Christchurch mosque attacks: A plague has blown in, was it here all along?

by Guyon Espiner / 17 March, 2019
The NZ flag flown at half-mast at Parliament. Photo/Getty.

The NZ flag flown at half-mast at Parliament. Photo/Getty.

If you dug a hole from Paris and kept on digging right through to the other side of the world you would end up in Christchurch.

That's what they reckoned anyway. Some character in a Douglas Coupland novel said so. Coupland was the guy who wrote the Generation X book about the lost, white middle-class slacker generation, trying to find a sense of meaning in a place where not much happened.

The book spoke to us. I've still got a copy that my friends gave me in 1993 when I left my home town of Christchurch to study journalism at Wellington Polytech. My mates wrote notes in felt pen on the inside page, like an office leaving card, except with genuine emotions.

I pulled the book out the other day. The messages are idealistic and overblown and they're hopeful and clumsy. Like us at 23, going on 19.

The Coupland character was right. Geographically it nearly stacks up and yes Christchurch was the opposite of Paris in the early 1990s.

It was a pretty tough town then. It felt like a big town. The sky was long and wide and the sun shone low on the wet black road. The earth was flat. The sky pushed you down, sealing you in so that sometimes it was difficult to breathe.

Read more: Terror attack accused's firearms licence granted despite online activity

But it was safe. From big stuff anyway. Because nothing happened in Christchurch. Big things happened for teenagers. But that's different. Someone would yell from a car and you'd run. My mate got chased for a denim jacket, not even a leather one. I remember once, at 15, running from some guys carrying baseball bats. Our slowest guy got hit and their scariest guy wore a hockey mask.

I remember the skinheads too. We lived in a six bedroom flat on Hagley Avenue in the early 1990s and they'd walk squat and ugly down to Addington. I have a vivid memory of them marching down Hagley Ave as I watched in silence from the top floor.

We were good kids. We did nothing.

Yes, Christchurch had a problem with racism even then. When I moved from the Hagley Ave flat to Armagh Street heading east, we got burgled twice and had a car knicked from right outside the house.

"Any suspects, or just any Māori or unemployed person?" asked the police officer who came to investigate. I didn't say anything.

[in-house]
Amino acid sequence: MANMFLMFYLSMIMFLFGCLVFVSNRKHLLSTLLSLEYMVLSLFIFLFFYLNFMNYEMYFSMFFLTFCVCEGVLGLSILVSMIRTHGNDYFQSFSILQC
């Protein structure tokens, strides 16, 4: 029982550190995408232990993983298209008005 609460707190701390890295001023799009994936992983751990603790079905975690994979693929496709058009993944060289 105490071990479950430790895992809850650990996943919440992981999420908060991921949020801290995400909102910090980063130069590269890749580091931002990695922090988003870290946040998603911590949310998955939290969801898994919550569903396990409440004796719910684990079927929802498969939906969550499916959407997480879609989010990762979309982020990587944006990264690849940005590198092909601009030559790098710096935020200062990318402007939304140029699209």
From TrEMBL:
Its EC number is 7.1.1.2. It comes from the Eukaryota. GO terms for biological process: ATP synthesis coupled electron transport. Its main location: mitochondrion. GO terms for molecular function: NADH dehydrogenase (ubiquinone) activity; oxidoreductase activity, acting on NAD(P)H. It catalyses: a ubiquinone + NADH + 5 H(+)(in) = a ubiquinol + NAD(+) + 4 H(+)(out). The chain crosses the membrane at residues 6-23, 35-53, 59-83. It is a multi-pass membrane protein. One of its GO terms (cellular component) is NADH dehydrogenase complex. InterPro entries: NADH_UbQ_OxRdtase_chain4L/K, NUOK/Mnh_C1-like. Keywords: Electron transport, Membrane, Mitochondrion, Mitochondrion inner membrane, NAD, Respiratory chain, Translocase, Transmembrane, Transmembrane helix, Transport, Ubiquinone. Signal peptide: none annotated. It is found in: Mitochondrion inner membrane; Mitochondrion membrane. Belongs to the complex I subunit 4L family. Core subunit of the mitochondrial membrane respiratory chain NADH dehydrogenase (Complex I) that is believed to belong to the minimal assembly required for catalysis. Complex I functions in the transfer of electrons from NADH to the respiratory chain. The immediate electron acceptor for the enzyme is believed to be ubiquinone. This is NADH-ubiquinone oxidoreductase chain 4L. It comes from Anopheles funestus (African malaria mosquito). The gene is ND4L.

I looked for that flat last Christmas when we were down visiting family. It's gone, of course. Most of my landmarks are gone after the earthquakes: The pub I got banned from and that place where our band played badly and for free, and that gig where I kissed a girl outside. All gone. They are still in the memory but they are not on the map. When I lived in Christchurch we thought the earth was flat and that nothing ever happened there.

We've been staying in the central city the last few times we've come down from Auckland to spend Christmas with my family. It's nice to watch my wife and my five-year-old daughter enjoy Christchurch flourish into a new city, springing to life again with a thousand different faces.

It seemed like the sky was lifting and that suffocating feeling that saw me flee the city seemed to be drifting away with the easterly.

And now this plague has blown in. As one scar heals another cuts deep. It's a parasite which has burrowed underground. Guns and blood and flowers. Things that happen in Paris not Christchurch.

It has wormed its way through from the other side of the world. Or perhaps it was here all along. In the things that we knew were wrong as we watched silently from the window upstairs.

This article was first published on Radio NZ.

Latest

The drama and the trauma behind NZ musician Shayne Carter's rise to the top
107207 2019-06-15 00:00:00Z Music

The drama and the trauma behind NZ musician Shayne…

by Mike White

Shayne Carter’s career has been wild and acclaimed. But his just-released memoir reveals the drama and trauma going on behind the scenes.

Read more
Rare photos of the Straitjacket Fits by Brian Murphy
The Handmaid's Tale is so chilling, you risk hypothermia
107150 2019-06-15 00:00:00Z Television

The Handmaid's Tale is so chilling, you risk hypot…

by Diana Wichtel

Season three of The Handmaid’s Tale packs a punch, despite some implausible scenes, writes Diana Wichtel.

Read more
Christchurch mosque attacks: Accused pleads not guilty to all charges
107204 2019-06-14 00:00:00Z Crime

Christchurch mosque attacks: Accused pleads not gu…

by Anneke Smith

The man accused of the Christchurch terror attacks has pleaded not guilty to all the charges laid against him.

Read more
One thing is certain: Political biffo is unavoidable in NZ Parliament
107183 2019-06-14 00:00:00Z Politics

One thing is certain: Political biffo is unavoidab…

by Bevan Rapson

Despite overdue efforts to improve Parliament's culture, political biffo will always be with us.

Read more
The sweeping proposal to lower speed limits is on the skids – it's a good thing
107144 2019-06-14 00:00:00Z Social issues

The sweeping proposal to lower speed limits is on…

by The Listener

Transport officials’ enthusiasm for a sweeping lowering of speed limits looks set to go the way of the once-proposed ban on cats in dairies.

Read more
Are New Zealand's intelligence agencies watching the right people?
107185 2019-06-14 00:00:00Z Social issues

Are New Zealand's intelligence agencies watching t…

by Phil Pennington

New Zealanders who feel they've done nothing wrong have found themselves under surveillance by the state and say they've been left nervous.

Read more
Never Look Away: A flawed masterpiece about life in WWII-era Germany
107122 2019-06-14 00:00:00Z Movies

Never Look Away: A flawed masterpiece about life i…

by James Robins

Epic drama captures an artist navigating the upheavals of Nazi and post-war Germany.

Read more